There was a blizzard outside. It was worse on the banks of Lake Erie where I lived than it was in town. I was huddled in the fetal position inside my neighbor’s summer house, cold, terrified and alone. The house was freezing but I didn’t dare turn on the heat. Something happened, and I lost myself when my adoptive grandmother did this to me.
So I ran away from home.
My grandmother was beating me so badly that I, for the first time, didn’t just stand there and take it. I grabbed my neighbor’s keys he had given me so I could check the pipes on days like today, and sought refuge.
My parents were away.
I’m pretty sure my tears froze on my face, one by one but I didn’t care. I was just grateful to have fled the abuse. As I lay there in a ball, wondering what the hell I was going to do next, I heard some knocks on the door. Banging actually.
I froze. Like a deer in the headlights, I lay there pretending I heard nothing.
For a long time.
The voices reassured me it wasn’t my adoptive grandmother but I became acutely aware things just got a whole lot worse.
Now I’m wishing it was her.
It was the police. 2 of them. Oh, you say, “that’s a good thing.” No, it was a very very bad thing.
See, my dad was also a cop. So…these guys are his co-workers and I just embarrassed him.
They begged and pleaded with me to open the door, reminding me how much snow was building up fast. They reassured me I was not in any trouble.
“Sure”, I thought. “Not yet.”
Eventually, I let them in. I do not remember the conversation but I told them she was beating me again and I needed to escape. They convinced me to go home and we had a conversation at the kitchen table with nana.
I don’t remember the words spoken there either. What I do remember is my adoptive grandmother making me out to be some evil child which is probably why I spent most of my life scared people will find out who I really am and run like hell in the other direction.
She had me convinced I had the devil in me just waiting to pounce on any unlikely suspect.
And that feeling is not based on some old religious teaching. That was their way of communicating that things weren’t going as planned. By berating, scolding, hitting, neglecting and probably worse than any of that, not hearing my cries.
My pleas to be heard and understood. I had to navigate the feelings of un-belonging, rejection, abandonment and neglect all alone. Of course, I couldn’t. I didn’t know how or even what it was. So I internalized them and accepted them as ‘who I am.’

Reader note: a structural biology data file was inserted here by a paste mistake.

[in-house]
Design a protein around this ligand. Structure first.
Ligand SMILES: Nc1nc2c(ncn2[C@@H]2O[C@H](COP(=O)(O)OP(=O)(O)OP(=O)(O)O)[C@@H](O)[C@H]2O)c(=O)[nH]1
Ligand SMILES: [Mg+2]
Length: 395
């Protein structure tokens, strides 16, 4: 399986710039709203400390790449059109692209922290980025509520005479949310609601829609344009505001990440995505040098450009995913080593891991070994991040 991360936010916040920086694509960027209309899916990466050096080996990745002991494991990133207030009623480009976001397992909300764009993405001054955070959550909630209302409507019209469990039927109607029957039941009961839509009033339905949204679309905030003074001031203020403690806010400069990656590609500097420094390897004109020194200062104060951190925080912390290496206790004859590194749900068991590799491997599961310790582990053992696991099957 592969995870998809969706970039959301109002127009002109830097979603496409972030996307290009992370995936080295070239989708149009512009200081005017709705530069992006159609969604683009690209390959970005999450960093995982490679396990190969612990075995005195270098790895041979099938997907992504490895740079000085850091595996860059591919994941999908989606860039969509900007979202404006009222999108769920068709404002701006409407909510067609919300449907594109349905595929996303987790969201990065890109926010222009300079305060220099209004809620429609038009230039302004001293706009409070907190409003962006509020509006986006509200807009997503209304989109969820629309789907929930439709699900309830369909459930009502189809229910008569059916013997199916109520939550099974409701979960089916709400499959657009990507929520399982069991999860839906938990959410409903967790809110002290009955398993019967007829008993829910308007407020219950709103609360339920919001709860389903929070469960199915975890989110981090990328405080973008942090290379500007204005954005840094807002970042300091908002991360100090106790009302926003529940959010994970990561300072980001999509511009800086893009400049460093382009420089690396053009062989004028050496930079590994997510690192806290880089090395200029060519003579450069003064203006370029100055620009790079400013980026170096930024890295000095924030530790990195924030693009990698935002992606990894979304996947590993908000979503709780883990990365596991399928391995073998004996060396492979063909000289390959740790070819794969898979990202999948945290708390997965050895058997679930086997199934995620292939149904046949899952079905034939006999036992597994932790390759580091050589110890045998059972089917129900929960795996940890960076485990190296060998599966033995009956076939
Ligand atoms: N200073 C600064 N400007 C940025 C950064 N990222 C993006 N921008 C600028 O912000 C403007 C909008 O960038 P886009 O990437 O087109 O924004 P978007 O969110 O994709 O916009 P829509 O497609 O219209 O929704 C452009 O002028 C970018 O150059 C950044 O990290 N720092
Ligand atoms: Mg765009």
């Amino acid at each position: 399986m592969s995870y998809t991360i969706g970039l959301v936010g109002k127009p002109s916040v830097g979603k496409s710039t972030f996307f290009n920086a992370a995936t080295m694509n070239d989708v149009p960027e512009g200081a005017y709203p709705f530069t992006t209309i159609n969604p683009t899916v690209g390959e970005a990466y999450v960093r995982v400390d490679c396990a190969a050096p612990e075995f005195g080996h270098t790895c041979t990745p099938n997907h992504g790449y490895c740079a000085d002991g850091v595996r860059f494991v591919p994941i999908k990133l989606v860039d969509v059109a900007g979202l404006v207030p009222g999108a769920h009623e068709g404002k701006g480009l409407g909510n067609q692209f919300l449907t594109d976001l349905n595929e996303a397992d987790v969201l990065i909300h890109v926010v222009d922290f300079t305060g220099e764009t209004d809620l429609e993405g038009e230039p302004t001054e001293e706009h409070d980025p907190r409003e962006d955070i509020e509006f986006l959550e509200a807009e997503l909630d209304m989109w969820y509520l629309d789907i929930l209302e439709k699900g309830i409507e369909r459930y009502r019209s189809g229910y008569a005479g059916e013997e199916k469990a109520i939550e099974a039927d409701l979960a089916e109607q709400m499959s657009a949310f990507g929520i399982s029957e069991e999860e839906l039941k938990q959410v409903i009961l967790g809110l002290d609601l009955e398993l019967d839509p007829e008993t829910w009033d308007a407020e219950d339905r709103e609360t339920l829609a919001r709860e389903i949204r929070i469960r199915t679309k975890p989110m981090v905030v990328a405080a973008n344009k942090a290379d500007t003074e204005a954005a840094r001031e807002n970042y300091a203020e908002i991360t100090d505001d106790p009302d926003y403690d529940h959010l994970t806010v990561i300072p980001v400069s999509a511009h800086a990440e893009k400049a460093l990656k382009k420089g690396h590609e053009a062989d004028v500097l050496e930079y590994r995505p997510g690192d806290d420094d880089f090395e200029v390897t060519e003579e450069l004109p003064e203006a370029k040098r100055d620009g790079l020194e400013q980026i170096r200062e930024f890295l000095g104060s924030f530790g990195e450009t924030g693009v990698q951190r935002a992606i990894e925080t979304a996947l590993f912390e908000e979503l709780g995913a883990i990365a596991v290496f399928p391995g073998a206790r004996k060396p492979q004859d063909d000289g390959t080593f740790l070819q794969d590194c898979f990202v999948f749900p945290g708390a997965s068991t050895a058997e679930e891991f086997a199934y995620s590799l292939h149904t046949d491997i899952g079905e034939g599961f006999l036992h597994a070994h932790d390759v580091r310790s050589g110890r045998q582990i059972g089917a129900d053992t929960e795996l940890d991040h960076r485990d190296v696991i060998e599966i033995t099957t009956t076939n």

See, life doesn’t always go as planned as they found out. You will find that out too and I am asking you on behalf of any and all adoptees, please get emotionally and psychologically prepared. And do it before you bring baby home.
To finish the story, I do not have any memory of getting in trouble with my dad. I think his kind police colleagues must have caught on to the psychopath and saw I really was an innocent victim and shared that with him.
While that was finished, the abuse from Nana continued.
And since I had no voice, I remained suffering in silence. They didn’t hear me when I asked to be kept safe.
I have my voice now.
And I ask you, as an adoptive parent to allow your child his/her voice too. It doesn’t mean throwing all boundaries to the wind and allowing them to run the show. What it means is simply allowing them to feel whatever it is they are feeling with compassion and understanding.
Just because it doesn’t make sense to you, doesn’t mean it isn’t real to them.
By the way, I have forgiven my grandmother. She didn’t know any better. Does it make it ok? No, but I refuse to let her continue to control me from the grave.
If you fear you may have baggage from your past that may interfere with your ability to parent, please contact me. I offer a free ‘Confident Loving Parent’ breakthrough session. Together let’s build your family strong.